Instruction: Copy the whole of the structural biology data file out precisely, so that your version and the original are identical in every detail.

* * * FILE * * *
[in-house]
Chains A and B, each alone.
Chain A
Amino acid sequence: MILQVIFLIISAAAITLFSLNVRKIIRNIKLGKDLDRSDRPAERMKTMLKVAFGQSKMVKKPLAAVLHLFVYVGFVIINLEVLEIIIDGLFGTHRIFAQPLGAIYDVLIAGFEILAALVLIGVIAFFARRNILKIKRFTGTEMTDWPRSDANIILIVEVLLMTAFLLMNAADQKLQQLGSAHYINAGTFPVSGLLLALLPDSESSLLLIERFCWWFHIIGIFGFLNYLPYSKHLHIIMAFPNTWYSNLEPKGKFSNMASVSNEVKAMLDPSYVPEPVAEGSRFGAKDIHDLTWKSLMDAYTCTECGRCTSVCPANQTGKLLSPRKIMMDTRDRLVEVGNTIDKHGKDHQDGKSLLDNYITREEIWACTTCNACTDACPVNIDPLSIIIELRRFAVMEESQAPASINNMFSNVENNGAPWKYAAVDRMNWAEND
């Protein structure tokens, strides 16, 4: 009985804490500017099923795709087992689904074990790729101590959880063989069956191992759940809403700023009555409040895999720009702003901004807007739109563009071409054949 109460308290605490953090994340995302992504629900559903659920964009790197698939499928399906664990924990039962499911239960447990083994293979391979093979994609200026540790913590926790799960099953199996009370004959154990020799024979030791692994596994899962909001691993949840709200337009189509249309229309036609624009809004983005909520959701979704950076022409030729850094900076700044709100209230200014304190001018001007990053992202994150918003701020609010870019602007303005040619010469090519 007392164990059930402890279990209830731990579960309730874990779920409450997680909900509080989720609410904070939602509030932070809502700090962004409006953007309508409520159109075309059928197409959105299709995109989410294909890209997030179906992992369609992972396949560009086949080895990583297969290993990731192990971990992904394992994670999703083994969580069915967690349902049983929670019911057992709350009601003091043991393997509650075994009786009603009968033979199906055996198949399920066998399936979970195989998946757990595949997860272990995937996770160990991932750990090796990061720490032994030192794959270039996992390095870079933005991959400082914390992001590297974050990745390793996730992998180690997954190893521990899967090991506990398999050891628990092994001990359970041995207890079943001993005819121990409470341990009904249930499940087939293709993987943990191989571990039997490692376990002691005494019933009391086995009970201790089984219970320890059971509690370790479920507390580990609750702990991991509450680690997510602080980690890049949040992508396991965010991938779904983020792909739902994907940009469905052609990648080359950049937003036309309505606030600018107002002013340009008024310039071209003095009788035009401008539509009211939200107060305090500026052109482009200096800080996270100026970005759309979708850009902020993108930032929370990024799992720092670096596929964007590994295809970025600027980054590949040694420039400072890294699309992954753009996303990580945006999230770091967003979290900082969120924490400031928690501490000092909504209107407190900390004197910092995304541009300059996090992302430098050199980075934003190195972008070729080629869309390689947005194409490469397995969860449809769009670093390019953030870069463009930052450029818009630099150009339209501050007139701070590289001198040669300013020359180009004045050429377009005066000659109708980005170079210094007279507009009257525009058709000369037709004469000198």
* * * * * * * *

[in-house]
Chains A and B, each alone.
Chain A
Amino acid sequence: MILQVIFLIISAAAITLFSLNVRKIIRNIKLGKDLDRSDRPAERMKTMLKVAFGQSKMVKKPLAAVLHLFVYVGFVIINLEVLEIIIDGLFGTHRIFAQPLGAIYDVLIAGFEILAALVLIGVIAFFARRNILKIKRFTGTEMTDWPRSDANIILIVEVLLMTAFLLMNAADQKLQQLGSAHYINAGTFPVSGLLLALLPDSESSLLLIERFCWWFHIIGIFGFLNYLPYSKHLHIIMAFPNTWYSNLEPKGKFSNMASVSNEVKAMLDPSYVPEPVAEGSRFGAKDIHDLTWKSLMDAYTCTECGRCTSVCPANQTGKLLSPRKIMMDTRDRLVEVGNTIDKHGKDHQDGKSLLDNYITREEIWACTTCNACTDACPVNIDPLSIIIELRRFAVMEESQAPASINNMFSNVENNGAPWKYAAVDRMNWAEND
């Protein structure tokens, strides 16, 4: 009985804490500017099923795709087992689904074990790729101590959880063989069956191992759940809403700023009555409040895999720009702003901004807007739109563009071409054949 109460308290605490953090994340995302992504629900559903659920964009790197698939499928399906664990924990039962499911239960447990083994293979391979093979994609200026540790913590926790799960099953199996009370004959154990020799024979030791692994596994899962909001691993949840709200337009189509249309229309036609624009809004983005909520959701979704950076022409030729850094900076700044709100209230200014304190001018001007990053992202994150918003701020609010870019602007303005040619010469090519 007392164990059930402890279990209830731990579960309730874990779920409450997680909900509080989720609410904070939602509030932070809502700090962004409006953007309508409520159109075309059928197409959105299709995109989410294909890209997030179906992992369609992972396949560009086949080895990583297969290993990731192990971990992904394992994670999703083994969580069915967690349902049983929670019911057992709350009601003091043991393997509650075994009786009603009968033979199906055996198949399920066998399936979970195989998946757990595949997860272990995937996770160990991932750990090796990061720490032994030192794959270039996992390095870079933005991959400082914390992001590297974050990745390793996730992998180690997954190893521990899967090991506990398999050891628990092994001990359970041995207890079943001993005819121990409470341990009904249930499940087939293709993987943990191989571990039997490692376990002691005494019933009391086995009970201790089984219970320890059971509690370790479920507390580990609750702990991991509450680690997510602080980690890049949040992508396991965010991938779904983020792909739902994907940009469905052609990648080359950049937003036309309505606030600018107002002013340009008024310039071209003095009788035009401008539509009211939200107060305090500026052109482009200096800080996270100026970005759309979708850009902020993108930032929370990024799992720092670096596929964007590994295809970025600027980054590949040694420039400072890294699309992954753009996303990580945006999230770091967003979290900082969120924490400031928690501490000092909504209107407190900390004197910092995304541009300059996090992302430098050199980075934003190195972008070729080629869309390689947005194409490469397995969860449809769009670093390019953030870069463009930052450029818009630099150009339209501050007139701070590289001198040669300013020359180009004045050429377009005066000659109708980005170079210094007279507009009257525009058709000369037709004469000198």